In today’s digital age, companies are rich in information, but often poor in actionable knowledge that drives true innovation. As Dow CEO Andrew Liveris noted, “We are getting lots of data and lots of analytics. And we’re drowning. What companies need is to know how to filter, how to put all of this information into a useful paradigm so it’s not just information technology, but knowledge.”
The process of ‘connecting the dots’ and turning information into actionable knowledge can only occur when human minds (not algorithms) think deeply and critically together. Through curiosity, experience and intuition, human minds can arrive at an understanding of how business challenges can be uniquely met. For companies to have a lasting competitive advantage, they must foster a culture where their strongest and most unique asset—their employees’ minds—shine brighter than their competitors’.
When companies optimize their human knowledge flows successfully, we call them “Knowledge Intelligent.” Knowledge Intelligent organizations are:
● Intensely collaborative: Innovation results from interdisciplinary collaboration where experts from multiple fields—sales, marketing, product development, engineering—bring a variety of perspectives together.
● Deeply meritocratic: Knowledge Intelligent organizations have a healthy disdain for hierarchies and cronyism, ensuring that the best ideas always win. They encourage an environment that promotes listening and sharing, ensuring that good ideas can surface and flow freely.
● Agile & adaptive: In this rapidly changing business environment, products come to market in weeks and competitors can appear overnight. Teams must be agile, ready to adapt to the quickly evolving competitive and technological landscape—look at how Mark Zuckerberg turns Facebook on a dime in response to new challenges like mobile or competitors like Snapchat.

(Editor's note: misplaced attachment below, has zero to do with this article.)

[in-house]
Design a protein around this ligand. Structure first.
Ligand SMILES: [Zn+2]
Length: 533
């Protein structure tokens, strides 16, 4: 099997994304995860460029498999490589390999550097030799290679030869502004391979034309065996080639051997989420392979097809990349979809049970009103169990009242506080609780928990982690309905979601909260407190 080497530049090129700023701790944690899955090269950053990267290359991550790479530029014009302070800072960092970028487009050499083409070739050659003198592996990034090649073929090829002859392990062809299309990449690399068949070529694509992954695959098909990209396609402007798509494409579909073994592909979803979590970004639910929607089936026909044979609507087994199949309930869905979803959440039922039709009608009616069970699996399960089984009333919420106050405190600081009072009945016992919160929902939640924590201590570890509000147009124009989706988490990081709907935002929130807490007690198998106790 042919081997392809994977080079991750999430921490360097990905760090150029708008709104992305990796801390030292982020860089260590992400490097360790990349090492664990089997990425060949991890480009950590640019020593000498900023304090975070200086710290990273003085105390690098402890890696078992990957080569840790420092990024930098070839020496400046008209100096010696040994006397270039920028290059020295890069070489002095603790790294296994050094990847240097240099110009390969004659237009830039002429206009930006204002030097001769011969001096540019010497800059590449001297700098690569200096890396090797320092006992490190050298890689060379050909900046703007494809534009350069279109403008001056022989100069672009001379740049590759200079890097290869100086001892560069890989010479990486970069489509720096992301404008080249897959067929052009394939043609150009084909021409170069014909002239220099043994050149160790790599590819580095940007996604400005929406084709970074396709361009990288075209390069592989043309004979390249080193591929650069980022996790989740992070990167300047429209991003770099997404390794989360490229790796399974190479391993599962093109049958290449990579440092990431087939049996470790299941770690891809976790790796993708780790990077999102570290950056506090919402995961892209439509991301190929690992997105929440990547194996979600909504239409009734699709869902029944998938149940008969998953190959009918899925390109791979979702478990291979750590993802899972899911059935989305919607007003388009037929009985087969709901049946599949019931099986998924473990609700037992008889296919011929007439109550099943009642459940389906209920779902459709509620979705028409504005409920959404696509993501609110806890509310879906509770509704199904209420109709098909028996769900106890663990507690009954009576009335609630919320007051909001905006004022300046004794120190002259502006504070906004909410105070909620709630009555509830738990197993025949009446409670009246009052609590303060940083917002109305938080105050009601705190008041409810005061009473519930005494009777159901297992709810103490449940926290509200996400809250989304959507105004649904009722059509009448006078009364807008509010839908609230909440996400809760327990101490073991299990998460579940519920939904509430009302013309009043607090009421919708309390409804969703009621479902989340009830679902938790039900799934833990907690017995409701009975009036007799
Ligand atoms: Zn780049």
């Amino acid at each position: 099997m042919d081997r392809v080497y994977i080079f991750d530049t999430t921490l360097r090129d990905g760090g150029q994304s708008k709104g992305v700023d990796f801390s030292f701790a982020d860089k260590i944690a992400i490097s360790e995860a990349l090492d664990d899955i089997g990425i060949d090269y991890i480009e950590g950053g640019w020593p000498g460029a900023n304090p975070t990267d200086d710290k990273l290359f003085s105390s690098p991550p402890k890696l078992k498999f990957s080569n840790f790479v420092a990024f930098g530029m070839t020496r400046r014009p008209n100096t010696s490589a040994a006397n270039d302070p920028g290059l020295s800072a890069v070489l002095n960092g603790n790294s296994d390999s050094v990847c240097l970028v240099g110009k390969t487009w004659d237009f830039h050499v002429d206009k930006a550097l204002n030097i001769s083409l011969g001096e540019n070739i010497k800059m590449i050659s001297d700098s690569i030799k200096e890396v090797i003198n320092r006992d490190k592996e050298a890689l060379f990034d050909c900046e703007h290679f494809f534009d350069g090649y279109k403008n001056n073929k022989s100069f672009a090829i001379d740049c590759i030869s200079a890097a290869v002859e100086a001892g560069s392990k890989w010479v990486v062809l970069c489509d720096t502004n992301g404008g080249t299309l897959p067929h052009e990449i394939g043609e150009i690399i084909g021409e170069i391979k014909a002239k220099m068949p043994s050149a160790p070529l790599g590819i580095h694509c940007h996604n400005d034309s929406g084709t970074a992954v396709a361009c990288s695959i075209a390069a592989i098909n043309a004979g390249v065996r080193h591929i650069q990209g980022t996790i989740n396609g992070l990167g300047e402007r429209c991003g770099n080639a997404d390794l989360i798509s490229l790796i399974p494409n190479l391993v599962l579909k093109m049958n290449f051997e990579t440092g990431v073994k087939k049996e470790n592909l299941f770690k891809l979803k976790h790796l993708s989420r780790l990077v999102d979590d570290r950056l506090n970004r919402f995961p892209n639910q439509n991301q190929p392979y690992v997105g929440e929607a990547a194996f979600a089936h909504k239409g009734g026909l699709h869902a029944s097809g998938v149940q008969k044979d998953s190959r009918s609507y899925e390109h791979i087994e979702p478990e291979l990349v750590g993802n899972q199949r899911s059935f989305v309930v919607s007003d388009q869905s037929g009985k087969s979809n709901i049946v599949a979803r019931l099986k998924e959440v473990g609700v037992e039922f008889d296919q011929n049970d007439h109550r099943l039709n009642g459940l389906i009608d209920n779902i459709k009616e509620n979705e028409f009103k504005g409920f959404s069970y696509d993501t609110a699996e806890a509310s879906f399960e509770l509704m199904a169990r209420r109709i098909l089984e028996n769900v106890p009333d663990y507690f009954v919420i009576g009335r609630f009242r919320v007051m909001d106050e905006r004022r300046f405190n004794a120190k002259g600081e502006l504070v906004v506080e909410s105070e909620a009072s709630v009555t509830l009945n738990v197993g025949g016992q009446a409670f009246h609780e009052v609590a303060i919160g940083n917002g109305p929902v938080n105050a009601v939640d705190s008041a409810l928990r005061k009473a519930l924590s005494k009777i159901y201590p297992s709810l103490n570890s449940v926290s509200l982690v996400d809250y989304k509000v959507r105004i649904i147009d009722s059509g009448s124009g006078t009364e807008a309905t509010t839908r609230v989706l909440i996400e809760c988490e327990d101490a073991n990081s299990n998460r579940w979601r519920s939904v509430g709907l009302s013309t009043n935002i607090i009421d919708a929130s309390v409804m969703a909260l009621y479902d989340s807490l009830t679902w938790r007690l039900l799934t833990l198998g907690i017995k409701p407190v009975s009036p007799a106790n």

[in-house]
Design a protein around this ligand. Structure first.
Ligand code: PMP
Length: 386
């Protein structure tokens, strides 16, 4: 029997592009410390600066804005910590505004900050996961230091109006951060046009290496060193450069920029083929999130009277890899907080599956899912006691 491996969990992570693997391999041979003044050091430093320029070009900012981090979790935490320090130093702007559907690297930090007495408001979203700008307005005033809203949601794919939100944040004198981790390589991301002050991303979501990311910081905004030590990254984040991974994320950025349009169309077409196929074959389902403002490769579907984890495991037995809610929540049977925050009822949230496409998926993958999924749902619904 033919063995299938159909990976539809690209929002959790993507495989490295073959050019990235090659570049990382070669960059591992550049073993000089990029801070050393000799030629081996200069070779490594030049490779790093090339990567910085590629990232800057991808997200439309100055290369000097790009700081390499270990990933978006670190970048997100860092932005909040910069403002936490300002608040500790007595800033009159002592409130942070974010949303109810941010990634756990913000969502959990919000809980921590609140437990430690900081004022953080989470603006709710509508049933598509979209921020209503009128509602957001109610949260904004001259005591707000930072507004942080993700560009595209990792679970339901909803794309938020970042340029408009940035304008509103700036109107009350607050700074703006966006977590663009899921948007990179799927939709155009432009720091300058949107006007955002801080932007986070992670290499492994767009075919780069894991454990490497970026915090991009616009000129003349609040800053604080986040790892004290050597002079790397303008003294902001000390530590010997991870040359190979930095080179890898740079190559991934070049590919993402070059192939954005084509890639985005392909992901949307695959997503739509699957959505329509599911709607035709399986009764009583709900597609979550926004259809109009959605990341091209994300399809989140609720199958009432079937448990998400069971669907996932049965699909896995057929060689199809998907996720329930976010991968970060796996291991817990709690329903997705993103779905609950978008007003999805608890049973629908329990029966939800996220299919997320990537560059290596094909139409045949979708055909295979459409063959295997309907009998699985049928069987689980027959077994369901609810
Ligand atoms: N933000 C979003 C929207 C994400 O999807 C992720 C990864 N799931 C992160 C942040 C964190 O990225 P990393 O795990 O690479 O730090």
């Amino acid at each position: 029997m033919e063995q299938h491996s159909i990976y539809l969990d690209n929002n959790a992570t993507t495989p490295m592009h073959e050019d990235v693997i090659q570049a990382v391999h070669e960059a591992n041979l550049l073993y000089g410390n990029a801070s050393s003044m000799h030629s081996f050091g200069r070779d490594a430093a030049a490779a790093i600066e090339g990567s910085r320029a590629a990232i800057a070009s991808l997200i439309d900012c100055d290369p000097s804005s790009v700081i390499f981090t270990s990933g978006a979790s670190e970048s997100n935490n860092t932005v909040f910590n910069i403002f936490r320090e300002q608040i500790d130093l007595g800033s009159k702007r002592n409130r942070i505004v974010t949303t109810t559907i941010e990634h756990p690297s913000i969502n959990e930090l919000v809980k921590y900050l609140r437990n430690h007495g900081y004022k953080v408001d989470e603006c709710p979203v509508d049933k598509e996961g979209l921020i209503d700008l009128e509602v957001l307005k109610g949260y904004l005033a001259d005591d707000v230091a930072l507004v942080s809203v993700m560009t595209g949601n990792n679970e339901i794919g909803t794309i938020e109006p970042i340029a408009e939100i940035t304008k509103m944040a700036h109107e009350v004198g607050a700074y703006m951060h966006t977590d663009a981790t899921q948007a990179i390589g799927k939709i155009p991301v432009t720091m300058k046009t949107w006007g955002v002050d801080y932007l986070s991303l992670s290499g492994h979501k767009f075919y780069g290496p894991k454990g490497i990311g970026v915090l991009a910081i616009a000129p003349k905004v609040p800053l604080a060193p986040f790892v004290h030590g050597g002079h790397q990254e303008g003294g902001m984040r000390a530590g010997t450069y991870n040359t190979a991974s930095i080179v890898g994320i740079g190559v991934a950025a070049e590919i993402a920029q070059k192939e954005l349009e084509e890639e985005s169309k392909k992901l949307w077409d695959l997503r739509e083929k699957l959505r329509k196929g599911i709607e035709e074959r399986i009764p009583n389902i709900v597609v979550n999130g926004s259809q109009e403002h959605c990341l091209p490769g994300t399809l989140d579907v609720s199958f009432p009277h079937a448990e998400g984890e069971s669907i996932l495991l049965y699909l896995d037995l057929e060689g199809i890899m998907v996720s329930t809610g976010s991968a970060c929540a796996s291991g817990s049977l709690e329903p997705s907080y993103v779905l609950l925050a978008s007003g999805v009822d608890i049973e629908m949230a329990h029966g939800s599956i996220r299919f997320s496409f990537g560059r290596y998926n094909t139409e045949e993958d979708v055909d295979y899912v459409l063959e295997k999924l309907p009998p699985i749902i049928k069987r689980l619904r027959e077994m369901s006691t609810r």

● Outward-looking: Though it may seem paradoxical, Knowledge Intelligent organizations constantly scan for external knowledge, ensuring their boundaries do not become the limits of knowledge flow, ideas and innovation. Remember Joy’s Law: Most of the smartest people in the world work for someone else.
A Knowledge Intelligent organization may sound impossible to achieve, but with the six steps below, you can help move your company in the right direction:
1. Provide an inspiring mission: A bold mission, one that’s genuine and not just a top-down pronouncement, will attract and energize the right type of colleagues. Also, it will ensure that everyone—across all areas of the business—rallies around the same goals. Make it explicit, write it down, post it on the wall and share it repeatedly with employees.
2. Empower sharing across teams, levels and functions. Encourage internal rotations and inter-office mobility. Break down physical, social or psychological barriers with layouts that include open, collaborative spaces and forego corner offices or other physical signals of status or promote seclusion.
3. Hire for aspiration and EQ. Be sure to look for traits that show future promise of success, rather than past glories. At AlphaSights, we hire for drive, results orientation, adaptability, humility and emotional intelligence—which means the best candidates aren’t always Harvard graduates with 4.0 GPAs.
4. Favor player-coaches. Everyone on the team is needed to innovate and improve your business. This requires inclusion and esprit de corps, not managerial grand-standing or inflated titles and perks.
5. Rethink internal education. Internal training is often confined to narrow, “how-to” courses aimed at individual employees, such as Excel or Accounting 101. Motivated employees generally navigate skill gaps through self-education, so use training to develop your employees’ capacity for creative thinking, collaboration and knowledge sharing. Soft-skill workshops, hands-on sessions (think: hackathons) and task forces where ad-hoc groups are tasked with audacious goals are likely to have a larger, more lasting impact on your business.
6. Become intensely outward-looking. Share customer feedback with the entire organization—the good, the bad and the ugly. Bring in outside speakers to inspire and inform employees. Build a bench of external experts you can draw on to help attack key business problems, leveraging the collective mind of the world to literally out-think your competitors.
By following the steps above, companies can start to reshape their cultures to take advantage of their most valuable resource—their employees’ combined knowledge. By fostering a Knowledge Intelligent organization, businesses can unleash creative thinking, spur innovation and establish a lasting competitive advantage.
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